[edit] Recognition

White Light/Black Rain was named by the Academy of Motion Picture Arts and Sciences as one of 15 films considered for nomination as the Best Documentary Feature for the 80th Academy Awards. It was not included among the five nominees.[1] The film was also a nominee for the Motion Picture Producer of the Year Award at the 2008 Producers Guild Awards and the Grand Jury Prize at the 2007 Sundance Film Festival. It did win the 2008 "Exceptional Merit in Nonfiction Filmmaking" Primetime Emmy Award.

[edit] See also

·                    Atomic bombings of Hiroshima and Nagasaki
·                    Atomic Bomb Casualty Commission
·                    Hibakusha
·                    Hiroshima Peace Memorial
·                    Hiroshima (BBC documentary)



The bombings were decided during a time of immense national fear, grief, anger, hatred, and patriotism over the attack on Pearl Harbor and the loss of US lives during the WWII Pacific campaign.   There seemed an urgent need to end the war before the planned land invasion of Japan occurred, which some people estimated would result in a million US casualties (later shown to be exaggerated).   Options to the bombings were available, but were not chosen; for example, bombing an uninhabited island.   Instead, heavily populated civilian cities were targeted.   We remember those innocent civilians and the lost opportunities to choose alternatives to this horrendous weapon of mass destruction.

The bombings were carelessly chosen also because they started the nuclear arms race which still, perhaps increasingly, threatens the planet.   Whereas on the one hand our leaders did not reflect upon the immediate immorality of bombing civilian cities, on the other hand they did not reflect about the long-range consequences.   They did not consider what the Soviet Union would do to counter US power, or believe they could do it, despite the manifest evidence of Soviet capacity and will for war-making in the defeat of the Nazi empire.  Soon the Soviets developed their Bomb.   Then the US made the hydrogen bomb, soon followed by the Soviet Union.  And the pattern continued—the US initiating, the Soviets imitating (with about two exceptions when the Soviet Union preceded the US in nuclear innovation).   And our leaders did not consider another certain consequence—that other countries would want the weapon too, as nations always had in the past.    Now eight countries have the nuclear weapon of doom.  We remember the lost opportunities of statesmanship and for negotiation to end the arms race, which eventually produced over 40,000 nuclear weapons each one exceeding exponentially the explosive power of the Hiroshima and Nagasaki bombs.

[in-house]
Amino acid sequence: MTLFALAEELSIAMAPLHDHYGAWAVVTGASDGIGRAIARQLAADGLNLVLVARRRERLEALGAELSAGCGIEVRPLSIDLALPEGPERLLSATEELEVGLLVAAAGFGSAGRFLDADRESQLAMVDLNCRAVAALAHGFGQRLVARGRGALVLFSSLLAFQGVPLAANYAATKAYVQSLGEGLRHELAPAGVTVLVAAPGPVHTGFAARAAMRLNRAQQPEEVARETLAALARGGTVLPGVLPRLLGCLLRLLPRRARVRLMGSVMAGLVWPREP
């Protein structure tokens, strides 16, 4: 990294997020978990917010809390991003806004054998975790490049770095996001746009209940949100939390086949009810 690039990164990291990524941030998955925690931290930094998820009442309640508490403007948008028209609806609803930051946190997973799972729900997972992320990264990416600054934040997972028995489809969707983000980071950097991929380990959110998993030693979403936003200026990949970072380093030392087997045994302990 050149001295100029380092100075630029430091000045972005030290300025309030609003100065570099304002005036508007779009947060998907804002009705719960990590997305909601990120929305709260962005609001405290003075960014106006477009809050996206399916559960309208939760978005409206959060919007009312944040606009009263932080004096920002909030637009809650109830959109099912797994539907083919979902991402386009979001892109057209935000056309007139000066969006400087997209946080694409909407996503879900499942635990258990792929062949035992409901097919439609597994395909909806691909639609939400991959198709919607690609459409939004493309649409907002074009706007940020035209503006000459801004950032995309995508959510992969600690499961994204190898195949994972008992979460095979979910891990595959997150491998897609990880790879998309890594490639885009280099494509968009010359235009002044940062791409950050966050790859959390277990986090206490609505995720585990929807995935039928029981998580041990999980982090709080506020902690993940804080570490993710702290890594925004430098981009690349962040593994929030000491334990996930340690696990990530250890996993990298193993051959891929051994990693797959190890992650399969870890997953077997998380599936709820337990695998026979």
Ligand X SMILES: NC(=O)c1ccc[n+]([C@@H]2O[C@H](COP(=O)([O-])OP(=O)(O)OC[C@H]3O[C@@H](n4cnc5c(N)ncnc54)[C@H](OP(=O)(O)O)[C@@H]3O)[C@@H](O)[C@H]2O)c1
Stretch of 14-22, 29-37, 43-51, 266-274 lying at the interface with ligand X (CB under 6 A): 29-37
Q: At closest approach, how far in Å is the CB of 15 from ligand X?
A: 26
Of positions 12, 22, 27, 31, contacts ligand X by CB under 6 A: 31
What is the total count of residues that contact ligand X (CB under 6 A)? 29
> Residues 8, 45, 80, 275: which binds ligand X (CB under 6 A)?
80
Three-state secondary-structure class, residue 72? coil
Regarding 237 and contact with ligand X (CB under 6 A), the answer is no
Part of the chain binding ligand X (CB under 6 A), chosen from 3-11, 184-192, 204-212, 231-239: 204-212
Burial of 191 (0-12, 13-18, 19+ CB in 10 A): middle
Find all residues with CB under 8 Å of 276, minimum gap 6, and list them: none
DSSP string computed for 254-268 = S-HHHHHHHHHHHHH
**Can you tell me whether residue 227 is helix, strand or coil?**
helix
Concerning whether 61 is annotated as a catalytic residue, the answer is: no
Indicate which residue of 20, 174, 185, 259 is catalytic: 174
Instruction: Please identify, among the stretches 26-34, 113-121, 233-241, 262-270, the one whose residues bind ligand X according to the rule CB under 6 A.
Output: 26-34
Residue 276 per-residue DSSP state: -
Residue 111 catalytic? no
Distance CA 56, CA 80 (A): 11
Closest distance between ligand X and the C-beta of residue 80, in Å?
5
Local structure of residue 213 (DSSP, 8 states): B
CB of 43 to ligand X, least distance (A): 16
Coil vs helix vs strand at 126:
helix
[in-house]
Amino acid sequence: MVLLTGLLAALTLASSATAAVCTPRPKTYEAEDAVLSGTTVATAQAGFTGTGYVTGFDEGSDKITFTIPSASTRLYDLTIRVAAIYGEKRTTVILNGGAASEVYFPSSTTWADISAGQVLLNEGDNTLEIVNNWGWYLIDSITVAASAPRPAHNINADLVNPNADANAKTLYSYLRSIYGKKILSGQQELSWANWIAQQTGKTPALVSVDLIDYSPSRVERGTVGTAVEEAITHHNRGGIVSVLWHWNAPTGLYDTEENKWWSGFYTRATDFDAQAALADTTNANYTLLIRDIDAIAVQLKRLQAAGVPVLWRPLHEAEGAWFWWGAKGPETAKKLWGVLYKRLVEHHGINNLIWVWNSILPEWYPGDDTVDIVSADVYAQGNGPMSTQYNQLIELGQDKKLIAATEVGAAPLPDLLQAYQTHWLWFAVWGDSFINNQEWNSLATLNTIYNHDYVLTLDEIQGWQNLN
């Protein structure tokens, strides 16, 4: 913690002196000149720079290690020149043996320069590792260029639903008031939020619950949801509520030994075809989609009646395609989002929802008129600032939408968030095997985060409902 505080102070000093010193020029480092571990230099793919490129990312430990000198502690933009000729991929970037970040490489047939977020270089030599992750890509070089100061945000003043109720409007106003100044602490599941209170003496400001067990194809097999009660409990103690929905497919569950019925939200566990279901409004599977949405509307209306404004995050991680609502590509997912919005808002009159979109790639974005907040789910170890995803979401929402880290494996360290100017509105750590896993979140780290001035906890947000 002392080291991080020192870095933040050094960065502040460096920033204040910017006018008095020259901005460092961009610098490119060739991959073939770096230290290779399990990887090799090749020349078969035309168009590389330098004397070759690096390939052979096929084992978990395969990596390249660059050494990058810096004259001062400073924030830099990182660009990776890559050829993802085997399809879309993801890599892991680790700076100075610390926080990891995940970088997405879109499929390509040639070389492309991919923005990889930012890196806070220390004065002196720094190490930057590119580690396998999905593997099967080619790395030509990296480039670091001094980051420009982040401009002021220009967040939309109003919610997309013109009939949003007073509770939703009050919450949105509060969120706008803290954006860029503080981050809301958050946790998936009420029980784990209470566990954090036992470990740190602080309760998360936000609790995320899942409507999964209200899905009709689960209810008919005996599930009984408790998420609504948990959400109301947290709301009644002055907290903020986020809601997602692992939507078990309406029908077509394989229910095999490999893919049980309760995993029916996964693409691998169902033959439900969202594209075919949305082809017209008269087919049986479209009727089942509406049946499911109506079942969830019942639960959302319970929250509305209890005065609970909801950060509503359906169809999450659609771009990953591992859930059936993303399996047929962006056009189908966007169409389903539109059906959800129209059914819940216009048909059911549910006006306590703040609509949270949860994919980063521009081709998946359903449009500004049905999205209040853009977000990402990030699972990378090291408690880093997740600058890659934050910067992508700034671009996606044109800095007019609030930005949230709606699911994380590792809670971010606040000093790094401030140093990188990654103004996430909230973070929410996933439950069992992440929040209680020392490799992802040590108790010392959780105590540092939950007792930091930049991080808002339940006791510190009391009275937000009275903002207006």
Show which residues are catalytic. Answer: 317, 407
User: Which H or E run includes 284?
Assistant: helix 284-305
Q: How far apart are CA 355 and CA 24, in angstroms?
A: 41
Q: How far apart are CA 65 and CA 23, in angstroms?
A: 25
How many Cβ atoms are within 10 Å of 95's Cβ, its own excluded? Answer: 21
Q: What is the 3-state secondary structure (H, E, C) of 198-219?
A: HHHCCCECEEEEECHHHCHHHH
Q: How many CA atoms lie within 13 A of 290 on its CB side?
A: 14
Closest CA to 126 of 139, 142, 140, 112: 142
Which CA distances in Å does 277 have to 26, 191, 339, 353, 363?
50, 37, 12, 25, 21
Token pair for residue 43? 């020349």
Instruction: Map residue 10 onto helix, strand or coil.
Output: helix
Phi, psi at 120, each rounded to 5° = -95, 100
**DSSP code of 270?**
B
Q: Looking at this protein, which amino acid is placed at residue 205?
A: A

We remember neither to establish justice with this past, nor to console,  nor to inflame, for where is justice to be found in all that destruction, what can console us for all those killings, and why would be wish to repeat that violence of fire and ashes?  There will be no closing of those accounts.  We remember, rather, at each commemoration, the familiar message of Hiroshima and Nagasaki:   Never Again.    We resolve again individually and collectively to stand against killing.   Ahimsa declared Gandhi:  Do Not Kill, a-himsa: No killing.   That is our foundation.    Not passively, not out of fatigue or timidity, but because we have chosen to be different from those who kill, especially those who order the killings.  Another form of love in action.    Thus we remember to prevent violence with all of our resources; to reject vengeance and retaliation; to rescue the vulnerable people and animals; to build shelters and feed the refugees; to refuse defense as a ruse for war.   Out of these actions for peace, we will grow a nurturing world.

Finally, why for Hiroshima-Nagasaki Remembrance do we remember the fire-bombing destruction of Kobe?  The answer is simple.  The US decision to annihilate Hiroshima and Nagasaki was only part of the larger plan to destroy Japanese cities and to slaughter and terrorize their citizens.   The same policy prevailed in the hideous bombings and fire-bombings of German cities.   These bombings killed some 800,000 noncombatants in Germany and Japan, and injured hundreds of thousands of civilians.  We remember them all, swearing a vow of resistance to the war crimes of air war.

Dick's Wars and Warming KPSQ Radio Editorials (#1-48)

Dick's Wars and Warming KPSQ Radio Editorials (#1-48)